Directed by: Doron and Yoav Paelf,
Starring: Danielle Jadelyn, Yon Tumarkin, Yael Grobglas, Tomday of atone Graziani
As a graduation gift, Sarah Pullman receives a pair of Google Glasses, on the eve of a special trip with her best friend Rachel to Israel. Arriving at the start of Yom Kippur, Rachel and Sarah's holiday starts with a blast, meeting new friends and having a wild time. However on the day of atonement itself, demons start to erupt forth and the city is barricaded off from outside the city gates. Now, Rachel, Sarah and their new friends must battle malevolent forces to survive...
JeruZalem is the latest in a long line of "found footage" films, and while it does provide a lot of good special fx work and a reasonably epic scope, it also highlights some of the problems and pitfalls of the genre.
Let’s talk about the format the film is presented in. At the beginning of the film, Sarah is given a pair of Google Glasses by her father, and the whole film from that point is presented from that perspective (whether the film was in fact shot on Google Glass is a moot point). So on one hand, the film could be looked at as merely a 90 minute advert, showing off many of the device’s apps and attributes – even when they get damaged. However in some ways, the film shows how horrifically intrusive the glasses can be. Right at the start, when Rachel and Sarah meet Kevin, the glasses are using facial recognition software to look up Kevin’s name, his facebook page etc – all without having being asked to do so. Surely that would warrant a few red flags?
As she is the wearer of the glasses, Sarah rarely appears on-screen, except in the reflection of mirrors and a misjudged scene where she hands the glasses to her friend while she prepares to perform oral sex on him. Her presence is marked therefore mostly via her voice. Everything we perceive in the film is from Sarah’s unique perspective, and this restricts the film’s narrative structure.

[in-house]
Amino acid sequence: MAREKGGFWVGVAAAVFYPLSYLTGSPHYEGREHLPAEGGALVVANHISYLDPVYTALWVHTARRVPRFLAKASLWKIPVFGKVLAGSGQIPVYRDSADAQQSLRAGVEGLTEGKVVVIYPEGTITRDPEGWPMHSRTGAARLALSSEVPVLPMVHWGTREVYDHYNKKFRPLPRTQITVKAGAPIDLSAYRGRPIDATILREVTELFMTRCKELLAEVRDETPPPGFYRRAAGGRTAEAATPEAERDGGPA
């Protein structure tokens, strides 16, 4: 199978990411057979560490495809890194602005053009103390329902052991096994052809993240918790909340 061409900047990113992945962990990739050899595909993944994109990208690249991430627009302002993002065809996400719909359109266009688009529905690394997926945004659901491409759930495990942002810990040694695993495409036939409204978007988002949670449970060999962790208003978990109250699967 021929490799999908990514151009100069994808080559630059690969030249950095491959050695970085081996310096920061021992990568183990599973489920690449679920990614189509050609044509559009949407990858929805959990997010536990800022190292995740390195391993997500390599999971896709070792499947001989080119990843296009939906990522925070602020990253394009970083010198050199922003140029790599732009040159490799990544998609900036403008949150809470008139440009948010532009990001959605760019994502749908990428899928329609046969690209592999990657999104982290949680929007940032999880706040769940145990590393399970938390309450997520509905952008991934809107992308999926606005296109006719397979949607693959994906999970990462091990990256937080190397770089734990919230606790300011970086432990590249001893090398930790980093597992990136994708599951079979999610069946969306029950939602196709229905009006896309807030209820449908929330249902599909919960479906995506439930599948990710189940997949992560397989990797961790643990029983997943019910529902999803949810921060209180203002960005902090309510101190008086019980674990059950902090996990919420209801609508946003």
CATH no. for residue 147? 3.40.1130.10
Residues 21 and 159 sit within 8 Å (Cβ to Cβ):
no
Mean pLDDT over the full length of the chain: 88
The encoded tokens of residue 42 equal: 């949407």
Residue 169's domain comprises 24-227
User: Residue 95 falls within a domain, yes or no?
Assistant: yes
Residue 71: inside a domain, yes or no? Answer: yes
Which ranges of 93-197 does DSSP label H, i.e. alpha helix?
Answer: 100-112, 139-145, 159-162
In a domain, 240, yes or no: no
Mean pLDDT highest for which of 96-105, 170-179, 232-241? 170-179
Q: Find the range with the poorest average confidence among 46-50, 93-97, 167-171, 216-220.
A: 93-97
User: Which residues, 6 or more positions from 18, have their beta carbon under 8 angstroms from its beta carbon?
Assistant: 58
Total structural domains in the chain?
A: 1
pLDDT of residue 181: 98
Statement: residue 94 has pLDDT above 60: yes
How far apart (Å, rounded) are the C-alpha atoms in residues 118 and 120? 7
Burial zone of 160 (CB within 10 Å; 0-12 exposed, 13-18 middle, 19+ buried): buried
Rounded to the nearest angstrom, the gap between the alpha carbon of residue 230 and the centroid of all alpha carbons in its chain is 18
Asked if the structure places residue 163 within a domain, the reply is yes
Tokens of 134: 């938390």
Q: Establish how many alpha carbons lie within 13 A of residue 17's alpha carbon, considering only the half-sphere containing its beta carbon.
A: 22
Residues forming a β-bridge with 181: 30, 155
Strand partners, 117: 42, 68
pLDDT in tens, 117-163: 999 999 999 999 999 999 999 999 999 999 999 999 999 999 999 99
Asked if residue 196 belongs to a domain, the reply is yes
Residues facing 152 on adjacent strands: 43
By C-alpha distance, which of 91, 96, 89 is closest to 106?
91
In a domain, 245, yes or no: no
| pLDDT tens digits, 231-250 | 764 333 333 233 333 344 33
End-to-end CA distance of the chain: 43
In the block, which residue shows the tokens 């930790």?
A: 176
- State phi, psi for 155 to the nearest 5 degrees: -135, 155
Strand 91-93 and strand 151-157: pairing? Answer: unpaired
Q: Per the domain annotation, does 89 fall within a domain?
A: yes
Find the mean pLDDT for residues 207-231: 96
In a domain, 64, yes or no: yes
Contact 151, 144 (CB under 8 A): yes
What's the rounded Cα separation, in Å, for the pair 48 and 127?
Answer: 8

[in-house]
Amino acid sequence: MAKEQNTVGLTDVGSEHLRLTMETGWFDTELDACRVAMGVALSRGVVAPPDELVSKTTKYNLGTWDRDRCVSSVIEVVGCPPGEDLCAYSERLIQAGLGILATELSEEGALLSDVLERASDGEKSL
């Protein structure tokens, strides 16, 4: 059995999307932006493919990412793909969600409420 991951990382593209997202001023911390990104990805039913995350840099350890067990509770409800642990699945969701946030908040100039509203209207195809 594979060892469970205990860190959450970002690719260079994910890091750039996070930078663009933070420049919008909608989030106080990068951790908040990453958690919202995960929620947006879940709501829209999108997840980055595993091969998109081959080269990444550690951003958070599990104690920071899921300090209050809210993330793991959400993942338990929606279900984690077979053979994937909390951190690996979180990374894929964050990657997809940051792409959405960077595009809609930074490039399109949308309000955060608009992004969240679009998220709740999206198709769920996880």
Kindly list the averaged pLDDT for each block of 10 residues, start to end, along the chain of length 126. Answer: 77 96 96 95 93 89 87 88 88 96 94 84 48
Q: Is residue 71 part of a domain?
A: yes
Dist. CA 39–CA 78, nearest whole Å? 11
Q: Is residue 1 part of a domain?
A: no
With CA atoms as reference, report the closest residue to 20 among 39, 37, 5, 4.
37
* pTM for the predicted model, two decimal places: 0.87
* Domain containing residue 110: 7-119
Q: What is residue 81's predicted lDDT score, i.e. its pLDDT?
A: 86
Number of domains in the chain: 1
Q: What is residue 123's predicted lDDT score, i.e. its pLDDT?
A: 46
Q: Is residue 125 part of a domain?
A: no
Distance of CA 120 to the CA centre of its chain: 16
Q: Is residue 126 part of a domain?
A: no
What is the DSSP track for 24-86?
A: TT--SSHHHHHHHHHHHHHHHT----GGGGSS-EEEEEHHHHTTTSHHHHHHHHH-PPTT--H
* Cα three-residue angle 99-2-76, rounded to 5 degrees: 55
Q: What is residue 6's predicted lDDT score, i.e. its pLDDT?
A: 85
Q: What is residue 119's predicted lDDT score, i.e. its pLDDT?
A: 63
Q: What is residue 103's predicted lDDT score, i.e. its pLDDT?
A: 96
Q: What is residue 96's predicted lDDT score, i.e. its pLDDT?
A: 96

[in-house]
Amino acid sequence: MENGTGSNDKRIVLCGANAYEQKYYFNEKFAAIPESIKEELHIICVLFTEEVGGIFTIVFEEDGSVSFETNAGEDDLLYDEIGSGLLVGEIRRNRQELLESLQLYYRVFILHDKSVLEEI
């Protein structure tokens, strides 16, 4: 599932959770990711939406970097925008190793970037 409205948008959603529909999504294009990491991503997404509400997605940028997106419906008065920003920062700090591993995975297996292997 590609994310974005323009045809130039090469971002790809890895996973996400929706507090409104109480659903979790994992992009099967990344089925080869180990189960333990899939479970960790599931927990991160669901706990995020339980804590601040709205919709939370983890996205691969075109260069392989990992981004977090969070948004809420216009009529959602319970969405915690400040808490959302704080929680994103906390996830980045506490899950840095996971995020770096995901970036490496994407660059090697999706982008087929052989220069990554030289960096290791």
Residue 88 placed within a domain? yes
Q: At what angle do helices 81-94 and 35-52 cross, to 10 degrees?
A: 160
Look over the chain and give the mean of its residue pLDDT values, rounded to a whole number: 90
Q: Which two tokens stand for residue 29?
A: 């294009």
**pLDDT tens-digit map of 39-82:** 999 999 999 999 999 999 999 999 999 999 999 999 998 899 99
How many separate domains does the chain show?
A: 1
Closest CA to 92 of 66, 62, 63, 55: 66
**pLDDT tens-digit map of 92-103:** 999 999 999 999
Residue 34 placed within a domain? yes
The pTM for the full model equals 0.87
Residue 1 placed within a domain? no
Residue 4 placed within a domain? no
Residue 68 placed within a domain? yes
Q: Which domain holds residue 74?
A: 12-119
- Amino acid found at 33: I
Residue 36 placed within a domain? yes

There are a few atmospheric moments in the first half of the film, which is mostly taken up with Sarah and Rachel meeting new friends, shopping, sight seeing and hanging out. The city of Jerusalem lends itself well to this type of tale with lots of narrow cobbled streets and religious iconography. The film spends a lot of time on build-up, allowing us to try to get to know these people and to provide a certain amount of exposition. One of the things I liked was the lack of exposition regarding Yom Kippur itself.
When things suddenly go bad, when the sirens start, there is a palpable sense of panic and the film starts to come into its own, somewhat. Like Cloverfield, JeruZalem is using a very personable media format to capture being part of something epic in scope. There are great shots of a helicopter gunship, for example, seen from below as it fires upon something unseen be the people on the ground. Later on, giant monsters are seen, slightly out of focus, lumbering around in the distance. Then there are more immediate demonic threats who readily whittle down the protagonists.
Overall the whole filmof JeruZalem puts me in mind of a theme park ride. The first half is when I'm queueing to get on the ride itself, whereas in the second half I'm on rails, being driven from one place to the next where a spooky encounter will occur. It provides some decent thrills along the way but there is hardly any narrative to speak of. The one genuinely pleasing moment comes when the Google Glass's face recognition software comes into its own towards the end.
JeruZalem is aiming for a story as big as Cloverfield in terms of scope, ad it does achieve a feeling the our protagonists are involved in something far bigger than they are even aware of. My problem with it is it takes forever to get started and when it does, it feels we're being towed along a pre-determined and rehearsed course.
7 out of 10 (MikeOutWest)